Then bore her spirit to the upper skies.
There let me meet her, when, life's struggles over,
The pure in love and thought their faith renew,—
Where man's forgiving and redeeming Lover
Spreads out his paradise to every view.
Let the dim Autumn, with its leaves descending,
Howl on the winter's verge! — yet spring will come:
So my freed soul, no more 'gainst fate contending,
With all it loveth shall regain its home!
From this time his health gradually declined, and his friends perceived that the same disease which had robbed him of the "light of his existence," would soon deprive them also of his fellowship. Though his illness was of long duration, he was himself unaware of its character, and when I last saw him, a few weeks before his death, he was rejoicing at the return of spring, and confident that he would soon he well enough to walk about the town or to go into the country. He continued to write for his paper until the last day of his life, the twelfth of June, 1841.
His metrical writings are all distinguished for a graceful and elegant diction, thoughts morally and poetically beautiful, and chaste and appropriate imagery. The sadness which pervades them is not the gloom of misanthropy, but a gentle religious melancholy; and while they portray the changes of life and nature, they point to another and a purer world, for which our affections are chastened, and our desires made perfect by suffering in this.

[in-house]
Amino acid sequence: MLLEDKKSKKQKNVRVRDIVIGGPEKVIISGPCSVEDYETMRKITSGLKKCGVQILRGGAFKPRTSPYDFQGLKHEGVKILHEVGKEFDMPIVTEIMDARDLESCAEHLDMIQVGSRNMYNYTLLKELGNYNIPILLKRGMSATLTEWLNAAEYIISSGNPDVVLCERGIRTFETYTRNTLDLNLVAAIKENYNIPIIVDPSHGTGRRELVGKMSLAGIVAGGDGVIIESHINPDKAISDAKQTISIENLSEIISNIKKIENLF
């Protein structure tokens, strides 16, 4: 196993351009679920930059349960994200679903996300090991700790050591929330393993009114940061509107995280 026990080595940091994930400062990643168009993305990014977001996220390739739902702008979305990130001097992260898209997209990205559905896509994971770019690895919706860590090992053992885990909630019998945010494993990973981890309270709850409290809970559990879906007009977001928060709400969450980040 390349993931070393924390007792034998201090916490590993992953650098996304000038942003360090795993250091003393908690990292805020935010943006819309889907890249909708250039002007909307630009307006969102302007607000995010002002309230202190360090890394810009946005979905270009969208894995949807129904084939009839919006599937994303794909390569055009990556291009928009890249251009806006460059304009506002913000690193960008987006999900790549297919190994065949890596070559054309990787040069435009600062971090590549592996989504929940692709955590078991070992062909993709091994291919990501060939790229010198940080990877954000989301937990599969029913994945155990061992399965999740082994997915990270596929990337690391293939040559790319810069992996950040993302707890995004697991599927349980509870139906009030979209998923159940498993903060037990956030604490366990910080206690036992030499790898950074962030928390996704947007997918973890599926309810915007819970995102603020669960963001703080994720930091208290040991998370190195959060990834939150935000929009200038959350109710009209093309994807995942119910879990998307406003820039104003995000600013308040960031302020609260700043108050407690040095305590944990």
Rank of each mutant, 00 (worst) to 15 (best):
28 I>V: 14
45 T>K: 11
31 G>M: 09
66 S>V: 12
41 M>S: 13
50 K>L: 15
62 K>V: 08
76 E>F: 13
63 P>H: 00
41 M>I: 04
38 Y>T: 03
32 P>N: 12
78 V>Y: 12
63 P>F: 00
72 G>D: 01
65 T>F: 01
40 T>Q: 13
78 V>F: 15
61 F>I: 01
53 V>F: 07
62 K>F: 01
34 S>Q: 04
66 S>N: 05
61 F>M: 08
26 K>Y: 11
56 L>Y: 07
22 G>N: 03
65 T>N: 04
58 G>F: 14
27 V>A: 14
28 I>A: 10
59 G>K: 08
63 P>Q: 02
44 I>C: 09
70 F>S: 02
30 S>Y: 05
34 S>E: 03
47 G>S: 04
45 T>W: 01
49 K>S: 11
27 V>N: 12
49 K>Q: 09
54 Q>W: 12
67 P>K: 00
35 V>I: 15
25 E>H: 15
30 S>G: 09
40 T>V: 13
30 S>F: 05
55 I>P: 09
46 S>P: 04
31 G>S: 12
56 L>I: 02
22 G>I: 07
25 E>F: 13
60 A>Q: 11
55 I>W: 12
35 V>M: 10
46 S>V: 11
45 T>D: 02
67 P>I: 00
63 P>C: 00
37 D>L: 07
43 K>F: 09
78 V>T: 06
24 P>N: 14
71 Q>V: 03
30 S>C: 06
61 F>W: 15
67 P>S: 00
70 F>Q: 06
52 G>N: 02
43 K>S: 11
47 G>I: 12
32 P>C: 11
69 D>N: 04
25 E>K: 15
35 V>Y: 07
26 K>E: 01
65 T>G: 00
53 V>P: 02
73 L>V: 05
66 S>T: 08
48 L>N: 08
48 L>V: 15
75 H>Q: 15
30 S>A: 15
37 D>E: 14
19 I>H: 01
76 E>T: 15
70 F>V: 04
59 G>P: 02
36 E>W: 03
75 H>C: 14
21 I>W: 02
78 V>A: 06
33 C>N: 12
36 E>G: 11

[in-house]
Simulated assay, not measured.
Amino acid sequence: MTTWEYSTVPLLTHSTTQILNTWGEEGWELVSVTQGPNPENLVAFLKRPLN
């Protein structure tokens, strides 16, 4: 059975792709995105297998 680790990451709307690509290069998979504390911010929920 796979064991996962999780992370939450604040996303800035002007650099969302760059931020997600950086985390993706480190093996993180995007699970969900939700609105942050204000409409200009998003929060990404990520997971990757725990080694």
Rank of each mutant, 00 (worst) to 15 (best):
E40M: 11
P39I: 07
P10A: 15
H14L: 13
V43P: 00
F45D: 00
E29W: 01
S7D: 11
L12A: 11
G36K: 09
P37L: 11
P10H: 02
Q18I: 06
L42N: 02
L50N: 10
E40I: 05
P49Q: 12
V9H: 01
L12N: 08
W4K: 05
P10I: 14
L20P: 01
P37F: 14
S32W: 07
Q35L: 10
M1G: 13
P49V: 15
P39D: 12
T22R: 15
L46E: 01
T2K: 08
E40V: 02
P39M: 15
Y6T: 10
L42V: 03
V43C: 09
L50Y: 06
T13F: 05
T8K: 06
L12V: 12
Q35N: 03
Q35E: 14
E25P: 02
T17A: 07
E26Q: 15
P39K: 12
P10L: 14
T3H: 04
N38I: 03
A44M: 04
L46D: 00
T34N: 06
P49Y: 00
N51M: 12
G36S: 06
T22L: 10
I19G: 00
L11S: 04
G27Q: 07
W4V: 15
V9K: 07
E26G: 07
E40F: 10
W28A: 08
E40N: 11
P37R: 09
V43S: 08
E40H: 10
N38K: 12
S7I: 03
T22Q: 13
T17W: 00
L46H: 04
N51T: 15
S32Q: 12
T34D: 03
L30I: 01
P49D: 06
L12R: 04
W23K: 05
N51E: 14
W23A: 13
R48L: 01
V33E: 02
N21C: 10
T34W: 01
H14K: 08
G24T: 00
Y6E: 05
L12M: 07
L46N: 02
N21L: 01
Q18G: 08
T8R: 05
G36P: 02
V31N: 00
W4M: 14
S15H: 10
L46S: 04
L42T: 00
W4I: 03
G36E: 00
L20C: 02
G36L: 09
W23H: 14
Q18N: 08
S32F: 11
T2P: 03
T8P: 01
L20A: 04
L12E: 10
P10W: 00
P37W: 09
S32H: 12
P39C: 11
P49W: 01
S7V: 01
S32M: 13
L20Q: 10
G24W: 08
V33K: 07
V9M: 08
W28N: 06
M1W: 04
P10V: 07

The qualities of his prose are essentially different from those of his poetry. Occasionally he poured forth grave thoughts in eloquent and fervent language, but far more often delighted his readers by passages of irresistible humour and wit. His perception of the ludicrous was acute, and his jests and "cranks and wanton wiles" evinced the fulness of his powers and the benevolence of his feelings. The tales and essays which he found leisure to write for the New York Knickerbocker Magazine, — a monthly miscellany of high reputation edited by his only and twin brother, Mr. LEWIS GAYLORD CLARK — and especially a series of amusing papers under the quaint title of Ollapodiana, will long be remembered as affording abundant evidence of the qualities I have enumerated.
In person Mr. CLARK was of the middle height, his form was erect and manly, and his countenance pleasing and expressive. In ordinary intercourse he was cheerful and animated, and he was studious to conform to the conventional usages of society. Warm-hearted, confiding, and generous, he was a true friend, and by those who knew him intimately he was much loved.